Dietary segregation between two cohabiting species of sparrows revealed with stable isotope analysis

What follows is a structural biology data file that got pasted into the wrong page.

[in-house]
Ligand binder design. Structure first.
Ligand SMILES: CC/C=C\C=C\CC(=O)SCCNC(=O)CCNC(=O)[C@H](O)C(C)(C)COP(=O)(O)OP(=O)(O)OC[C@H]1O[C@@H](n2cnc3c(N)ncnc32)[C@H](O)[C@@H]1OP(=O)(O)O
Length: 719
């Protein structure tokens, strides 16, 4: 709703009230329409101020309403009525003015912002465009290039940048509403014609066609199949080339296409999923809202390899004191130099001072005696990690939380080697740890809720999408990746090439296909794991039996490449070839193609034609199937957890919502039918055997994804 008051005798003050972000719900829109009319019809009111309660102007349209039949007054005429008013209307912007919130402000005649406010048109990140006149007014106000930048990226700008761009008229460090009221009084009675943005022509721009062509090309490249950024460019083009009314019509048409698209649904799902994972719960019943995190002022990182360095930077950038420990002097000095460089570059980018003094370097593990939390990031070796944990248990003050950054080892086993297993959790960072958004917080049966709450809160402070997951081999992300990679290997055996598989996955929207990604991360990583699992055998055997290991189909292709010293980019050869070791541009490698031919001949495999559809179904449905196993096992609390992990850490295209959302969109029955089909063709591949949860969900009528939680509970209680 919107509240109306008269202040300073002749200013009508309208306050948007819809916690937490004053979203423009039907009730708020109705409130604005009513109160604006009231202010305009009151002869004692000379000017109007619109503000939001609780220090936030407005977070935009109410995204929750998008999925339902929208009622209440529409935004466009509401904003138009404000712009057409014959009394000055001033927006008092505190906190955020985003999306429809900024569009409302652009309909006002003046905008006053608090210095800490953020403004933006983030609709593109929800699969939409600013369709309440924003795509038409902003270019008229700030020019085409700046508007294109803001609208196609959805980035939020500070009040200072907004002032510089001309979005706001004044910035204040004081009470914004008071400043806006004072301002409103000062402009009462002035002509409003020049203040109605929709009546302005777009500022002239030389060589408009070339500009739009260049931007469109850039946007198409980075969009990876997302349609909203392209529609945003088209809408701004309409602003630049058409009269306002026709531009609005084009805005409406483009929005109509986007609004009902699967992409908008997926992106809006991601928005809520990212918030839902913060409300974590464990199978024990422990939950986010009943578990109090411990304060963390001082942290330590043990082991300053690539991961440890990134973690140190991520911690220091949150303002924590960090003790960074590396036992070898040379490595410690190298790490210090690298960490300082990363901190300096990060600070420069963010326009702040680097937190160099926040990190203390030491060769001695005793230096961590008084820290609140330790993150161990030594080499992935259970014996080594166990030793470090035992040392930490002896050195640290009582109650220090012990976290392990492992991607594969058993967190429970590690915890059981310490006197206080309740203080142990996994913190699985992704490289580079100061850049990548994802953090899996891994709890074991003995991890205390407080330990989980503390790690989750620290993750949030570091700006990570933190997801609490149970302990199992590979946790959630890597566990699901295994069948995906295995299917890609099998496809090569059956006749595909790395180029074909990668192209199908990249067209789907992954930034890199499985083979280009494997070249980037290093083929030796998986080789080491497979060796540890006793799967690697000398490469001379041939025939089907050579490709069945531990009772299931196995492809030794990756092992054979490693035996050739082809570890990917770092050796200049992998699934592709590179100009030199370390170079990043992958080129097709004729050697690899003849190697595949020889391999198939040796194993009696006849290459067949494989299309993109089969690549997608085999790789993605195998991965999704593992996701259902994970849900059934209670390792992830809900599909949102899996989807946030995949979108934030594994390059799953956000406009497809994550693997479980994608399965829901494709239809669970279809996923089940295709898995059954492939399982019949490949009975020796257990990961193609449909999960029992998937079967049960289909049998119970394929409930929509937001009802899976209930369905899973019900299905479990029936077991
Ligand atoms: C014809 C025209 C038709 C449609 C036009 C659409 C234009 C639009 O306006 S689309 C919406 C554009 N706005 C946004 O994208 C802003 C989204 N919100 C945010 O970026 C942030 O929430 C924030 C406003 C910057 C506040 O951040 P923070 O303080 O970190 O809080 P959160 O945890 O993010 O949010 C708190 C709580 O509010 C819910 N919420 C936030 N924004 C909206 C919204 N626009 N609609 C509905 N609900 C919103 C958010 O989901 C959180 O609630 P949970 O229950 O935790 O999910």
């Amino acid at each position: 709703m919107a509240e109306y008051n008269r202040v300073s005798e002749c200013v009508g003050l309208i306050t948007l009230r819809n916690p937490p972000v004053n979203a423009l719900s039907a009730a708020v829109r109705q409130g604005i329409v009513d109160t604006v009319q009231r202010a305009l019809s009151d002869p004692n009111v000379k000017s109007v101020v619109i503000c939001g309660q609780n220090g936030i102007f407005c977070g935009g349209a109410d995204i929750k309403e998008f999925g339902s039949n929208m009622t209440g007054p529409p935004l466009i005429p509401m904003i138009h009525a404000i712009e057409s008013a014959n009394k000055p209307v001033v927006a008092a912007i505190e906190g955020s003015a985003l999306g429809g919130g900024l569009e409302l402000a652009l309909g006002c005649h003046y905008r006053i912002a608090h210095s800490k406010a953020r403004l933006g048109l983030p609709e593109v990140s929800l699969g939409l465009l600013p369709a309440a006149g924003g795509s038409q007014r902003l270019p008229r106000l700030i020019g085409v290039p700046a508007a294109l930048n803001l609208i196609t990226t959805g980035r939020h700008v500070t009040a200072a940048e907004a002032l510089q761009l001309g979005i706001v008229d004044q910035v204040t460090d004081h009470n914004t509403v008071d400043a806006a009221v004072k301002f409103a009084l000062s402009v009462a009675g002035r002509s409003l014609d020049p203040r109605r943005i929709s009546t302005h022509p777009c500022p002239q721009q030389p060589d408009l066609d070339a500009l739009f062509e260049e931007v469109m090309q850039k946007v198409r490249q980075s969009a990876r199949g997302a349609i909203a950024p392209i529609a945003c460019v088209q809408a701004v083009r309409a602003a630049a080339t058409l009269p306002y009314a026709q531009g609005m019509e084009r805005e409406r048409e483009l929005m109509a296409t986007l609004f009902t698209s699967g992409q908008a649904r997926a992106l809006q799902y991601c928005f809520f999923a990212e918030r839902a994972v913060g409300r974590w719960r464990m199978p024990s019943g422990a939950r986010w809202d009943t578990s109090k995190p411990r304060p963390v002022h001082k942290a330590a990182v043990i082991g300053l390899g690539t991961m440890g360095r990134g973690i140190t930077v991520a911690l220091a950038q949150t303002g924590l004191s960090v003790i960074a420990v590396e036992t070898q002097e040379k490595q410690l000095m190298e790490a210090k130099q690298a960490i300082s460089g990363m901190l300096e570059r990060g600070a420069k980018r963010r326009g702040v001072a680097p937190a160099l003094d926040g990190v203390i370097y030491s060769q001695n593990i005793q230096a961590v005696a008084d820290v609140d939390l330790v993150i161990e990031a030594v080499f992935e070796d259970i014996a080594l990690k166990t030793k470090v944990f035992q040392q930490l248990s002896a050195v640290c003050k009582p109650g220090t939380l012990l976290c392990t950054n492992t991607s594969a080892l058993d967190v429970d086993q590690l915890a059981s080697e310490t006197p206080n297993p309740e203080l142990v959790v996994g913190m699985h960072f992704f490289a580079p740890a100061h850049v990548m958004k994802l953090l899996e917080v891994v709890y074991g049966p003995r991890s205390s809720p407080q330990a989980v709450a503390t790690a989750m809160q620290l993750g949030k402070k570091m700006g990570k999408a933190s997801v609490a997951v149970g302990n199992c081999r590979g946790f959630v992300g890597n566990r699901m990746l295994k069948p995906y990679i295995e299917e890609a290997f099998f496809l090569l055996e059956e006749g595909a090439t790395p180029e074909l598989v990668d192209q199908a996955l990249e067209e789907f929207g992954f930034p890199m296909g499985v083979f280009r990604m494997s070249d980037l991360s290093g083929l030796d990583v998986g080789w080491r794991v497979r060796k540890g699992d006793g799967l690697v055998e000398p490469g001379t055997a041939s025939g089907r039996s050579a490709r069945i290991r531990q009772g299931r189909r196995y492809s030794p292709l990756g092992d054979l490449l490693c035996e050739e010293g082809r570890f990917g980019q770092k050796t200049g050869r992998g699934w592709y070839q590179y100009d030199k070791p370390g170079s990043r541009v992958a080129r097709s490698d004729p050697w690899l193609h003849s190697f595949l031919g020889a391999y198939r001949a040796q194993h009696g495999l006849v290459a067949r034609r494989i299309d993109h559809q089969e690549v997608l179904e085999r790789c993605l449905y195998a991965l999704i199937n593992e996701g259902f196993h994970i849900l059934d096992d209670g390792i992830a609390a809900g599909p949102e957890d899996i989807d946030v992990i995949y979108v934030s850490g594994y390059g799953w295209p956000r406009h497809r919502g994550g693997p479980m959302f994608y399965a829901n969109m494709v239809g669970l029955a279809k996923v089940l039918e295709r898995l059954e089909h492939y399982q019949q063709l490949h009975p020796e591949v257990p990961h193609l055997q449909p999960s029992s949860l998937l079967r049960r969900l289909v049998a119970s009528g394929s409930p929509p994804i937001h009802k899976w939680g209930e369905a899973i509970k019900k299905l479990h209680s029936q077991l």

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Fox Sparrows (Passerella iliaca (Merrem, 1786)) and Song Sparrows (Melospiza melodia (A. Wilson, 1810)) cohabit on many islands along the Pacific coast of North America, and previous studies suggest that they rely on similar prey types. We used delta C-13 and delta N-15 stable isotope analysis on blood collected from breeding adults of both species in each of two habitats on Triangle Island, British Columbia, Canada, to test the hypothesis that the two species exhibit a consistent pattern (direction) of dietary segregation in different habitat types. Both delta C-13 and especially delta N-15 values differed between habitats, indicating that the two habitats were isotopically distinct. As predicted, delta N-15 values differed consistently between the two species in the two habitats, averaging similar to 1.5% higher in the smaller Song Sparrow than in the larger Fox Sparrow in both. We infer that Song Sparrows included more animal matter and less plant matter in their diets than Fox Sparrows, and suggest that fixed traits related to body size might underlie the dietary (trophic) differences. In contrast, delta C-13 values did not differ between species. We conclude that dietary segregation could help to facilitate the widespread cohabitation of these two species of sparrows.